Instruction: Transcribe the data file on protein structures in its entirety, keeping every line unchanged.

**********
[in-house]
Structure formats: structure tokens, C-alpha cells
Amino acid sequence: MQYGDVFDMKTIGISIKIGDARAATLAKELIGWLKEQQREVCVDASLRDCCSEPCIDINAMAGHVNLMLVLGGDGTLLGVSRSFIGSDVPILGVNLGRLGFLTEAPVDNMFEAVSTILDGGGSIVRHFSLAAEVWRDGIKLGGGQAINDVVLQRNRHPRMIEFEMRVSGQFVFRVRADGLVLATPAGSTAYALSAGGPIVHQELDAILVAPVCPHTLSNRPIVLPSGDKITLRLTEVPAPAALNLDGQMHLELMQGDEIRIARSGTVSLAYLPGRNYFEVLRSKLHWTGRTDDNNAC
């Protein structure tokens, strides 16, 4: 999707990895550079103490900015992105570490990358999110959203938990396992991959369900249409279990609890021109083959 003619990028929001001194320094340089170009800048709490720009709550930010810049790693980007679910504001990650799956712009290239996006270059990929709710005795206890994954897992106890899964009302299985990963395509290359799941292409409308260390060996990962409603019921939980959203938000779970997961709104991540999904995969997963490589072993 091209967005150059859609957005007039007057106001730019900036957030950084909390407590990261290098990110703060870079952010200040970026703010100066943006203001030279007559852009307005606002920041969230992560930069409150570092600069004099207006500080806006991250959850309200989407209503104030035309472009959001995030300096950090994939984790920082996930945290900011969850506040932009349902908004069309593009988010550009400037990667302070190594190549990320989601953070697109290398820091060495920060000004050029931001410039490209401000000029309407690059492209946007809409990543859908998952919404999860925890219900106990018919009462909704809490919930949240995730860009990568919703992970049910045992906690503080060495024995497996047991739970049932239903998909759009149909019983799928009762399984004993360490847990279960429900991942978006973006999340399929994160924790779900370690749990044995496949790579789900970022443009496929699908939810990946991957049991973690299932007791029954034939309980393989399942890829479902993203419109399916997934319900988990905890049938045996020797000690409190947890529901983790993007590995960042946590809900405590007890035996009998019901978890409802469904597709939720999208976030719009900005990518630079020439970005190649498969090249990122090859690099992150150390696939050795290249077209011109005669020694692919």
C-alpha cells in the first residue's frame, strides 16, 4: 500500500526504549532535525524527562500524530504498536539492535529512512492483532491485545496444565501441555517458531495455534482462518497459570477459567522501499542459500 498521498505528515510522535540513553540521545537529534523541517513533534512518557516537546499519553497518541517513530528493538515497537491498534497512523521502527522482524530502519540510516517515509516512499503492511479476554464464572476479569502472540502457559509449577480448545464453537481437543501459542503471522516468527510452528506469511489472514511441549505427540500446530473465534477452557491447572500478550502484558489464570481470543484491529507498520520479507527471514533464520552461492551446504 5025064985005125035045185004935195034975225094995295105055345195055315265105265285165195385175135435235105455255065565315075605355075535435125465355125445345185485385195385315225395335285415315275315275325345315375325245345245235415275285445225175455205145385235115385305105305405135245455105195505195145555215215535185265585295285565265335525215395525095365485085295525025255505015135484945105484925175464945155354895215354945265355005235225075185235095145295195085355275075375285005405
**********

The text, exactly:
[in-house]
Structure formats: structure tokens, C-alpha cells
Amino acid sequence: MQYGDVFDMKTIGISIKIGDARAATLAKELIGWLKEQQREVCVDASLRDCCSEPCIDINAMAGHVNLMLVLGGDGTLLGVSRSFIGSDVPILGVNLGRLGFLTEAPVDNMFEAVSTILDGGGSIVRHFSLAAEVWRDGIKLGGGQAINDVVLQRNRHPRMIEFEMRVSGQFVFRVRADGLVLATPAGSTAYALSAGGPIVHQELDAILVAPVCPHTLSNRPIVLPSGDKITLRLTEVPAPAALNLDGQMHLELMQGDEIRIARSGTVSLAYLPGRNYFEVLRSKLHWTGRTDDNNAC
């Protein structure tokens, strides 16, 4: 999707990895550079103490900015992105570490990358999110959203938990396992991959369900249409279990609890021109083959 003619990028929001001194320094340089170009800048709490720009709550930010810049790693980007679910504001990650799956712009290239996006270059990929709710005795206890994954897992106890899964009302299985990963395509290359799941292409409308260390060996990962409603019921939980959203938000779970997961709104991540999904995969997963490589072993 091209967005150059859609957005007039007057106001730019900036957030950084909390407590990261290098990110703060870079952010200040970026703010100066943006203001030279007559852009307005606002920041969230992560930069409150570092600069004099207006500080806006991250959850309200989407209503104030035309472009959001995030300096950090994939984790920082996930945290900011969850506040932009349902908004069309593009988010550009400037990667302070190594190549990320989601953070697109290398820091060495920060000004050029931001410039490209401000000029309407690059492209946007809409990543859908998952919404999860925890219900106990018919009462909704809490919930949240995730860009990568919703992970049910045992906690503080060495024995497996047991739970049932239903998909759009149909019983799928009762399984004993360490847990279960429900991942978006973006999340399929994160924790779900370690749990044995496949790579789900970022443009496929699908939810990946991957049991973690299932007791029954034939309980393989399942890829479902993203419109399916997934319900988990905890049938045996020797000690409190947890529901983790993007590995960042946590809900405590007890035996009998019901978890409802469904597709939720999208976030719009900005990518630079020439970005190649498969090249990122090859690099992150150390696939050795290249077209011109005669020694692919």
C-alpha cells in the first residue's frame, strides 16, 4: 500500500526504549532535525524527562500524530504498536539492535529512512492483532491485545496444565501441555517458531495455534482462518497459570477459567522501499542459500 498521498505528515510522535540513553540521545537529534523541517513533534512518557516537546499519553497518541517513530528493538515497537491498534497512523521502527522482524530502519540510516517515509516512499503492511479476554464464572476479569502472540502457559509449577480448545464453537481437543501459542503471522516468527510452528506469511489472514511441549505427540500446530473465534477452557491447572500478550502484558489464570481470543484491529507498520520479507527471514533464520552461492551446504 5025064985005125035045185004935195034975225094995295105055345195055315265105265285165195385175135435235105455255065565315075605355075535435125465355125445345185485385195385315225395335285415315275315275325345315375325245345245235415275285445225175455205145385235115385305105305405135245455105195505195145555215215535185265585295285565265335525215395525095365485085295525025255505015135484945105484925175464945155354895215354945265355005235225075185235095145295195085355275075375285005405